I continue to be a little puzzled about why so many managers do such a poor job. We have known what “good management” looks like for decades, and enormous sums have been spent on programs to help managers manage better. And yet the problem endures: In a recent survey I conducted, less than a quarter of respondents would encourage others to work for their manager.

He proposes that instead of focusing leadership training on platitudes and mottos, we should “focus on the bad behavior we are trying to get rid of.” Again, here’s a list with some summary quotes, but you should really read the whole piece:

  1. greedy boss pursues wealth, status, and growth to get himself noticed.
  2. Lust is also about vanity projects — investments or acquisitions that make no rational sense, but play to the manager’s desires.
  3. Wrath doesn’t need a whole lot of explanation. “Chainsaw” Al Dunlap, Fred “the shred” Goodwin, and “Neutron” Jack Welch were all famous for losing their cool.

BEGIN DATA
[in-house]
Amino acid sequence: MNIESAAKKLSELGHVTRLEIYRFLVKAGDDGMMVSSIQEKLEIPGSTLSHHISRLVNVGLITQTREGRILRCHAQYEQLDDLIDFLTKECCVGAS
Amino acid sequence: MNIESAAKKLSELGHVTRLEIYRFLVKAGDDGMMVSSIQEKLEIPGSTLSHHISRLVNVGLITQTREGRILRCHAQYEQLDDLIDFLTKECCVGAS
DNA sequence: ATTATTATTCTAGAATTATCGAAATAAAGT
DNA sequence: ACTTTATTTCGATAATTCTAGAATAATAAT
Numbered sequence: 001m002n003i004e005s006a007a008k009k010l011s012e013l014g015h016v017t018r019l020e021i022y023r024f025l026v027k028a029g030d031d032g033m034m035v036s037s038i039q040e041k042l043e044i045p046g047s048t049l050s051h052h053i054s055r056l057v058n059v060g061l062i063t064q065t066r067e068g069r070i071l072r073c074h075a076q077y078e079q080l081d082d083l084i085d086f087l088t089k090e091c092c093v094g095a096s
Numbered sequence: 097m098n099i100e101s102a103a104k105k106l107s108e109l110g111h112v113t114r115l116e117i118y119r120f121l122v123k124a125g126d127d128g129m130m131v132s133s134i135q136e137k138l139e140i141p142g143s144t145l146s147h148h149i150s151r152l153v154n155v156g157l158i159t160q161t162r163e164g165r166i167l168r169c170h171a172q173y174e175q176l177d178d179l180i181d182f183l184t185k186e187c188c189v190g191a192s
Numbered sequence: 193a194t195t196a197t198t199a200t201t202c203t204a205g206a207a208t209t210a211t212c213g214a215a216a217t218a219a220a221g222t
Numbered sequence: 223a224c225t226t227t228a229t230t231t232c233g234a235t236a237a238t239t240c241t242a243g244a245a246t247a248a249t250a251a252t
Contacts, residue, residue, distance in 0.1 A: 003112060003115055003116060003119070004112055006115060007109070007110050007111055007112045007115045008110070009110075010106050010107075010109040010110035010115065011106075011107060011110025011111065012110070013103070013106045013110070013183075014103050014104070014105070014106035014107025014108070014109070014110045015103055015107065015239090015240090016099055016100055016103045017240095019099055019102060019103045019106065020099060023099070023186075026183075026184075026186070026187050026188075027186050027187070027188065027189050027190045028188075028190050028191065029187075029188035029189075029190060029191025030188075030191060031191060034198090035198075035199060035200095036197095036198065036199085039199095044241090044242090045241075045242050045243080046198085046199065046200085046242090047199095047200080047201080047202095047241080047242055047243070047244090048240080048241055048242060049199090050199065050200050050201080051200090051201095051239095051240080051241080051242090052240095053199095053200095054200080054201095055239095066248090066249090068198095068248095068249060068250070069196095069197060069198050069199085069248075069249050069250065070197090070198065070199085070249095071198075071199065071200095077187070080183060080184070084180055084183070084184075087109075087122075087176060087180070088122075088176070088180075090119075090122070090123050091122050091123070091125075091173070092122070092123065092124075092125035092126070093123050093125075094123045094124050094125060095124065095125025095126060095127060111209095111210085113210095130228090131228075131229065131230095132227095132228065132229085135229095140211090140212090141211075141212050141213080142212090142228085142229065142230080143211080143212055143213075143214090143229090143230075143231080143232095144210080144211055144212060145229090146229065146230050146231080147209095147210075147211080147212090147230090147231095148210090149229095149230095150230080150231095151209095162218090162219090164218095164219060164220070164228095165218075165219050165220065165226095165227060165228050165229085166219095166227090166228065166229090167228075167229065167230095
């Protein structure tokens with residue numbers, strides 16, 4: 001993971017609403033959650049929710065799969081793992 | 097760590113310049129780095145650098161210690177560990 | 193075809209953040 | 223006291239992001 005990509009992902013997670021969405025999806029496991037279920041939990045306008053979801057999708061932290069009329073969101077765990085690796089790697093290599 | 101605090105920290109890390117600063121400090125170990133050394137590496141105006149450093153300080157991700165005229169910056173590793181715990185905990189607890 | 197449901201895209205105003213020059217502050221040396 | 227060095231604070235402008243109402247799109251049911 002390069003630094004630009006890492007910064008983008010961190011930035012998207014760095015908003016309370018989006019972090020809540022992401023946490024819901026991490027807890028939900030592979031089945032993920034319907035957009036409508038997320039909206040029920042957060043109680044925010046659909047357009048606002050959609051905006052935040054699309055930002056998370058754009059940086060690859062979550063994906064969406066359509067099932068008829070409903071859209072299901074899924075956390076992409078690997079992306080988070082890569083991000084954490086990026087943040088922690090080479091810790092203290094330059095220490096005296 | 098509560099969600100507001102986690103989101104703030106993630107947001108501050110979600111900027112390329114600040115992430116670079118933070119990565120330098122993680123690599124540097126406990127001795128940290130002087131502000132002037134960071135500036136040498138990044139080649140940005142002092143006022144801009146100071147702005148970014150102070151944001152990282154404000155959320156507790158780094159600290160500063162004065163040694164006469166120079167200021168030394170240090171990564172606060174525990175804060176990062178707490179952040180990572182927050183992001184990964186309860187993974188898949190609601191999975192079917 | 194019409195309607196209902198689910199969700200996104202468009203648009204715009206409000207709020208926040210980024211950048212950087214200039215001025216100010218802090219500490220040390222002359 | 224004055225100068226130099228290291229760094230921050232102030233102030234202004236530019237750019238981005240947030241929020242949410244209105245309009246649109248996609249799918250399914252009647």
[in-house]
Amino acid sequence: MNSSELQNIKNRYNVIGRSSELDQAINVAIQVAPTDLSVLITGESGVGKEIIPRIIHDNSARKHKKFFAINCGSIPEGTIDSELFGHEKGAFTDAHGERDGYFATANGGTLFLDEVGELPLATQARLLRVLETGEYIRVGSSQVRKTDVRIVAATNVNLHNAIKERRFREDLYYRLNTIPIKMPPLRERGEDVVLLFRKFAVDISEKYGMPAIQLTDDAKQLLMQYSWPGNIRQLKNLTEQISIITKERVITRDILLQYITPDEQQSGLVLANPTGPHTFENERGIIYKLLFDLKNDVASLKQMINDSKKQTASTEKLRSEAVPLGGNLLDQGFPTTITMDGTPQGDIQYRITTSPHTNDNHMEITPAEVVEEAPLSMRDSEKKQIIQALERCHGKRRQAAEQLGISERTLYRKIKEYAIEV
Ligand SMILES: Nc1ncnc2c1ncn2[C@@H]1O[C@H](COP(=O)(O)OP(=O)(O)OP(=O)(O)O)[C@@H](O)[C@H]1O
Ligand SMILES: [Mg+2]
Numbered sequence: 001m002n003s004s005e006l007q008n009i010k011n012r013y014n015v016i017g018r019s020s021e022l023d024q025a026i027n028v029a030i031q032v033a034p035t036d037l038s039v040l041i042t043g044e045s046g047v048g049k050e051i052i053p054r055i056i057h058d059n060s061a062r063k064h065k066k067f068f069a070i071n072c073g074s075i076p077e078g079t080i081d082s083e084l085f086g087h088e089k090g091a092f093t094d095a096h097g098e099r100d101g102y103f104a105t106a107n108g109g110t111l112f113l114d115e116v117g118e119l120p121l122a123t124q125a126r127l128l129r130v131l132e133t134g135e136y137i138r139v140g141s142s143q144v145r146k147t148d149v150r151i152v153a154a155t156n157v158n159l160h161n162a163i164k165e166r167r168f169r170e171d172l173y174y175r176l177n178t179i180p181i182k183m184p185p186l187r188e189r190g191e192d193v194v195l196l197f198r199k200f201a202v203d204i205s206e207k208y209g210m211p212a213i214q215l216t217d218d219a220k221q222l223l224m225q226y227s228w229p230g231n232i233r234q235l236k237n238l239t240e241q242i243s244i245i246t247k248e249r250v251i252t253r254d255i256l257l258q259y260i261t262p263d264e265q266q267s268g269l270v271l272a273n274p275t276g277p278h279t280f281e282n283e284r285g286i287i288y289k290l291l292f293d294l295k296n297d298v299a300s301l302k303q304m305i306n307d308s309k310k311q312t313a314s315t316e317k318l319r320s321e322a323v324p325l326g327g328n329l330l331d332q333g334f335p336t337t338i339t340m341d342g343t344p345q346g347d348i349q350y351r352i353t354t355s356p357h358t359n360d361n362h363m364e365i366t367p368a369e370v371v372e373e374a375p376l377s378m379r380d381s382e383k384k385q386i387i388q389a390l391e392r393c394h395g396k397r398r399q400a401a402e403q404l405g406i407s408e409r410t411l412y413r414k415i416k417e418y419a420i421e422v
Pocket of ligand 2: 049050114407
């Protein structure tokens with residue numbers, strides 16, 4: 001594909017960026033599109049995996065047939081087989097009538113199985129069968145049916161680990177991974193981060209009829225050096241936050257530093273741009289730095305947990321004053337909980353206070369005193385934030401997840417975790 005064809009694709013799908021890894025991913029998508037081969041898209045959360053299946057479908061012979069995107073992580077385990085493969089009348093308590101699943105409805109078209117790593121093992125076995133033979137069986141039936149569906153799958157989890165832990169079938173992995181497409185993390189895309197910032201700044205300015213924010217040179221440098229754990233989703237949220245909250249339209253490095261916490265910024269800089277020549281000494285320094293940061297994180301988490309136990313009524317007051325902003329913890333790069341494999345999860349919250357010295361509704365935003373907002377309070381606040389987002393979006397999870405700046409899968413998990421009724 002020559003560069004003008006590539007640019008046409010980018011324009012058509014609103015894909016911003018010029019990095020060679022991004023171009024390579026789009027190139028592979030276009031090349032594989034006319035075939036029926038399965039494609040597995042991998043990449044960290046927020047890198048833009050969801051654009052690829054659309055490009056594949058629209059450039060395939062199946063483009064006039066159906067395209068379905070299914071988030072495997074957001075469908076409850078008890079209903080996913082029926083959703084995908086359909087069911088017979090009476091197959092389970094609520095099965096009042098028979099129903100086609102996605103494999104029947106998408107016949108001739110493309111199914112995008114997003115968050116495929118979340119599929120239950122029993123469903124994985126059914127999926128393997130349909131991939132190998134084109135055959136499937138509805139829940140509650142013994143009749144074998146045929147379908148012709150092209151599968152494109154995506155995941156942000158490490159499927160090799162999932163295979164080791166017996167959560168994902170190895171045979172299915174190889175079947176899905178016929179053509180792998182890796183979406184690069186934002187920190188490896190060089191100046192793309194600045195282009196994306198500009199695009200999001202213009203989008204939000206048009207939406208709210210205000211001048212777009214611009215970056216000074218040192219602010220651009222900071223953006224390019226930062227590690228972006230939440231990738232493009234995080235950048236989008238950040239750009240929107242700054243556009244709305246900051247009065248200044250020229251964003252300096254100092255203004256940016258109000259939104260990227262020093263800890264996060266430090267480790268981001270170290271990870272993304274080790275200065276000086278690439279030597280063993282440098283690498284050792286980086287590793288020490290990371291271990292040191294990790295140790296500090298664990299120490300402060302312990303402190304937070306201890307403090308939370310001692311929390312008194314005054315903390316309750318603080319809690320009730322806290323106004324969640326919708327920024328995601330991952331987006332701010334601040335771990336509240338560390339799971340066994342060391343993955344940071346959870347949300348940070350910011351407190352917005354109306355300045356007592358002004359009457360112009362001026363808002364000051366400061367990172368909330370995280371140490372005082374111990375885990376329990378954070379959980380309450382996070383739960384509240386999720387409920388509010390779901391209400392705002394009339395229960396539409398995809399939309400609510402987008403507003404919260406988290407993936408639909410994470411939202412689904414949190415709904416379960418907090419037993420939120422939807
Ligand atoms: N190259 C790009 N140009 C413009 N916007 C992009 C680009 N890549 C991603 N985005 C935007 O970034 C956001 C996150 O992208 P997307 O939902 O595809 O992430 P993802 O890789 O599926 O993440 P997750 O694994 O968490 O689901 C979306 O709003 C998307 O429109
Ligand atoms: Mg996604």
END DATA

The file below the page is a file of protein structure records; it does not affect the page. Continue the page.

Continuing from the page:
4. Gluttony in the business world is where a manager puts too much on his proverbial plate. He needs to get involved in all decisions, he needs to be continuously updated, he never rests.
  5. Healthy pride quickly tips over into hubris — an overestimation of your own abilities.
  6. Envy manifests itself most clearly when a manager takes credit for the achievements of others….or does not promote a rising star, for fear of showing up his own limitations.
  7. Sloth…They are inattentive, they don’t communicate effectively, and they have no interest in their team’s needs. Instead, they focus on their own comforts and quite often, on personal interests outside of the workplace.

Birkinshaw provides a test for evaluating our own leadership sins, and then supplies questions for those who are brave enough to conduct a 360-degree assessment.